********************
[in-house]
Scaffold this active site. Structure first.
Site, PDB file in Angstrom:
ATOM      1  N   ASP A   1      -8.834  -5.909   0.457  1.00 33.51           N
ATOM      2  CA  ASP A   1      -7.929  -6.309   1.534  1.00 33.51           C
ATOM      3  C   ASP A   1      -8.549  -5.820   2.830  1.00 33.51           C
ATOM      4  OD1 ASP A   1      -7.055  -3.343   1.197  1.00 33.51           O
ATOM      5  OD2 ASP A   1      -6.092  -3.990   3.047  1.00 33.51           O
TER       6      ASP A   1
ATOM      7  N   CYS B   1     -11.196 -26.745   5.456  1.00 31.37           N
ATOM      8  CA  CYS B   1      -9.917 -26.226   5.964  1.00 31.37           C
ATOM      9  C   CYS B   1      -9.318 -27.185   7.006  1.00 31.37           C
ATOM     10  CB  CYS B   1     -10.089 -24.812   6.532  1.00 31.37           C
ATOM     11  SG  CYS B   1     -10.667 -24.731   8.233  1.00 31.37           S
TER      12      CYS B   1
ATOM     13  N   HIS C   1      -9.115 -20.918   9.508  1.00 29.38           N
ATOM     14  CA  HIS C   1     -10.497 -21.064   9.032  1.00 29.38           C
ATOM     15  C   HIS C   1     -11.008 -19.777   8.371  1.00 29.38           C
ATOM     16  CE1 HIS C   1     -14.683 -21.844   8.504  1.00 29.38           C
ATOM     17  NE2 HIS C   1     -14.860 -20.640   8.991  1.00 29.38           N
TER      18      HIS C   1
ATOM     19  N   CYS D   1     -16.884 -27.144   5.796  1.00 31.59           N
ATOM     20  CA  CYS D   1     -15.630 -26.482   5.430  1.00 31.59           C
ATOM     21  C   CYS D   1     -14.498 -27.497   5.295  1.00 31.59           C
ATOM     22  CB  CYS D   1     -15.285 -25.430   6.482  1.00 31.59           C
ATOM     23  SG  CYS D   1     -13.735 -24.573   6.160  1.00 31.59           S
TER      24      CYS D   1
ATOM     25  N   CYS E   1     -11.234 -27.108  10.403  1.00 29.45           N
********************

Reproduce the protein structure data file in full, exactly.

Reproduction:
[in-house]
Scaffold this active site. Structure first.
Site, PDB file in Angstrom:
ATOM      1  N   ASP A   1      -8.834  -5.909   0.457  1.00 33.51           N
ATOM      2  CA  ASP A   1      -7.929  -6.309   1.534  1.00 33.51           C
ATOM      3  C   ASP A   1      -8.549  -5.820   2.830  1.00 33.51           C
ATOM      4  OD1 ASP A   1      -7.055  -3.343   1.197  1.00 33.51           O
ATOM      5  OD2 ASP A   1      -6.092  -3.990   3.047  1.00 33.51           O
TER       6      ASP A   1
ATOM      7  N   CYS B   1     -11.196 -26.745   5.456  1.00 31.37           N
ATOM      8  CA  CYS B   1      -9.917 -26.226   5.964  1.00 31.37           C
ATOM      9  C   CYS B   1      -9.318 -27.185   7.006  1.00 31.37           C
ATOM     10  CB  CYS B   1     -10.089 -24.812   6.532  1.00 31.37           C
ATOM     11  SG  CYS B   1     -10.667 -24.731   8.233  1.00 31.37           S
TER      12      CYS B   1
ATOM     13  N   HIS C   1      -9.115 -20.918   9.508  1.00 29.38           N
ATOM     14  CA  HIS C   1     -10.497 -21.064   9.032  1.00 29.38           C
ATOM     15  C   HIS C   1     -11.008 -19.777   8.371  1.00 29.38           C
ATOM     16  CE1 HIS C   1     -14.683 -21.844   8.504  1.00 29.38           C
ATOM     17  NE2 HIS C   1     -14.860 -20.640   8.991  1.00 29.38           N
TER      18      HIS C   1
ATOM     19  N   CYS D   1     -16.884 -27.144   5.796  1.00 31.59           N
ATOM     20  CA  CYS D   1     -15.630 -26.482   5.430  1.00 31.59           C
ATOM     21  C   CYS D   1     -14.498 -27.497   5.295  1.00 31.59           C
ATOM     22  CB  CYS D   1     -15.285 -25.430   6.482  1.00 31.59           C
ATOM     23  SG  CYS D   1     -13.735 -24.573   6.160  1.00 31.59           S
TER      24      CYS D   1
ATOM     25  N   CYS E   1     -11.234 -27.108  10.403  1.00 29.45           N